The realization that revelation is key to knowledge led medieval thinkers to crown theology “Queen of the Sciences.” Peter Paul Rubens elegantly illustrated this truth in a seventeenth-century painting entitled The Triumph of the Eucharist. Standing in a chariot propelled by angelic beings was Theology. Walking alongside were Philosophy, a wise and grizzled veteran, and Science, a newcomer in the cosmic conversation. The point of the painting is this: theology is never absent philosophy and science, but philosophy and science absent theology inexorably leads to the blind ditch of ignorance. And Peter Paul Rubens was not the only one convinced of this truth.
First, Leonardo da Vinci, widely considered to be the real founder of modern science, was deeply committed to the scriptural truth—“In the beginning God created the heavens and the earth.” Likewise, Robert Boyle, the father of modern chemistry as well as the greatest physical scientist of his or any other generation, was an able apologist for the Genesis account of origins.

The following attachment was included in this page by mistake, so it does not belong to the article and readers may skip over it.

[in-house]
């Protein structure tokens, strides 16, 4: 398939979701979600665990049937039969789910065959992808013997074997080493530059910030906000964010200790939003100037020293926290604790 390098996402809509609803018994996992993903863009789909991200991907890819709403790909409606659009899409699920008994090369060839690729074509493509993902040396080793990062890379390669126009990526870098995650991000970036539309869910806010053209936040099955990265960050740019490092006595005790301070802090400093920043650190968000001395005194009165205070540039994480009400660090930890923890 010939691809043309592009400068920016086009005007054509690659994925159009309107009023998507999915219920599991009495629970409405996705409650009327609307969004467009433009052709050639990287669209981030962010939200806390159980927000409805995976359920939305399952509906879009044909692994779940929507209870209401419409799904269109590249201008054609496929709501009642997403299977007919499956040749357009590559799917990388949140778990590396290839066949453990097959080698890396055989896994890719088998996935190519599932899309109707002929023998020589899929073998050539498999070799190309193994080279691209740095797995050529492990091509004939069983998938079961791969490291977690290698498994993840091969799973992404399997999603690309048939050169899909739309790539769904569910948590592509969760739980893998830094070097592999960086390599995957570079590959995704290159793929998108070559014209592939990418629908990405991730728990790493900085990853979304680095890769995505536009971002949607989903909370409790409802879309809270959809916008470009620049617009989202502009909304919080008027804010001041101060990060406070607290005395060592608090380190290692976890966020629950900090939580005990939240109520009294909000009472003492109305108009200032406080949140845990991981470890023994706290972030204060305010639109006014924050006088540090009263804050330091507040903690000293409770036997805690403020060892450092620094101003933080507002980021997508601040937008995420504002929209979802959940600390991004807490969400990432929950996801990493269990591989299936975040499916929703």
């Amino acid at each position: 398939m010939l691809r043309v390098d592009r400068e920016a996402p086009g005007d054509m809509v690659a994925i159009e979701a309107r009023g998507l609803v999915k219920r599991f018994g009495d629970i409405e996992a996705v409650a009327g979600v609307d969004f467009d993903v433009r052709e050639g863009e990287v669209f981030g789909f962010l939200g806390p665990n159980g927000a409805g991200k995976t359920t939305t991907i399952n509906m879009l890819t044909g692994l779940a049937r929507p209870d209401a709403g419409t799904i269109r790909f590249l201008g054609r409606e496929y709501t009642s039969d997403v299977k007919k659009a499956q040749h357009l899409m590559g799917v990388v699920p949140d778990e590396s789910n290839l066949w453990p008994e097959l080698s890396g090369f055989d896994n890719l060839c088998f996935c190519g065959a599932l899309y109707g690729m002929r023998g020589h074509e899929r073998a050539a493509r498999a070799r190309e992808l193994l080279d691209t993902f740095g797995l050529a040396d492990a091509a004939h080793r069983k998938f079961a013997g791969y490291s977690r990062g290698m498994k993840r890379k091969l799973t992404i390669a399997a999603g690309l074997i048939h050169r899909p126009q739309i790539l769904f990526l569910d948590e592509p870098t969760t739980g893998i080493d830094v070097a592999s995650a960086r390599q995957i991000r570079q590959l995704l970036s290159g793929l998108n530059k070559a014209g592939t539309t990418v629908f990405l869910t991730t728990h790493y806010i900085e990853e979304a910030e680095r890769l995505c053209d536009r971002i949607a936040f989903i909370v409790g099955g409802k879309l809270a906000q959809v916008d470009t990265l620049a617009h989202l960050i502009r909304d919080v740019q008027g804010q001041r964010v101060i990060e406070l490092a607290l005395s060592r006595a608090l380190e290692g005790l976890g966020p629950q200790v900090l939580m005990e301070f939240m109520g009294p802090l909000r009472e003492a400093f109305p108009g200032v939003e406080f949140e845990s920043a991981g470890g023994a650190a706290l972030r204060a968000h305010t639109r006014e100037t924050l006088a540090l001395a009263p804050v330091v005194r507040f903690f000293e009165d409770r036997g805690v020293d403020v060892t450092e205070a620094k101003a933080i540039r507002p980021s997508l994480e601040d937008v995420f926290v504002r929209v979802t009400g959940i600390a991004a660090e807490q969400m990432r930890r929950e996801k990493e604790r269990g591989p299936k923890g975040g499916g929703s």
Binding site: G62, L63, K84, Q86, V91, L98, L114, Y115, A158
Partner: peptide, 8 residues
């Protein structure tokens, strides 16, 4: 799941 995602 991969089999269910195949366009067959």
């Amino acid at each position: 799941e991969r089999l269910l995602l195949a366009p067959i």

Furthermore, Sir Isaac Newton—a remarkable intellect who developed calculus, discovered the law of gravity, and designed the first reflecting telescope—vigilantly defended the biblical account of creation. Louis Pasteur, best known for developing the concept of pasteurization and demolishing the concept of spontaneous generation*, underscored the power of revelation and undermined the evident absurdities of Darwinian evolution.
Finally, a veritable host of stars in the constellation of scientific discovery were people of science and people of God: Johannes Kepler (astronomy), Francis Bacon (scientific method), Blaise Pascal (mathematics and philosophy), Carolus Linnaeus (biological taxonomy), Gregor Mendel (genetics), Michael Faraday (electromagnetics), Joseph Lister (antiseptic surgery), Henrietta Swan Leavitt (astronomy), and Clara Swain (medicine).
These men and women were deeply committed to both Scripture and empirical* science. As such, they not only unpacked revelations within the book of nature* but were likewise illumined by the truth of biblical revelation.
Source (and for further study), see Henry M. Morris, Men of Science, Men of God: Great Scientists of the Past Who Believed the Bible (El Cajon, CA: Master Books, 1988).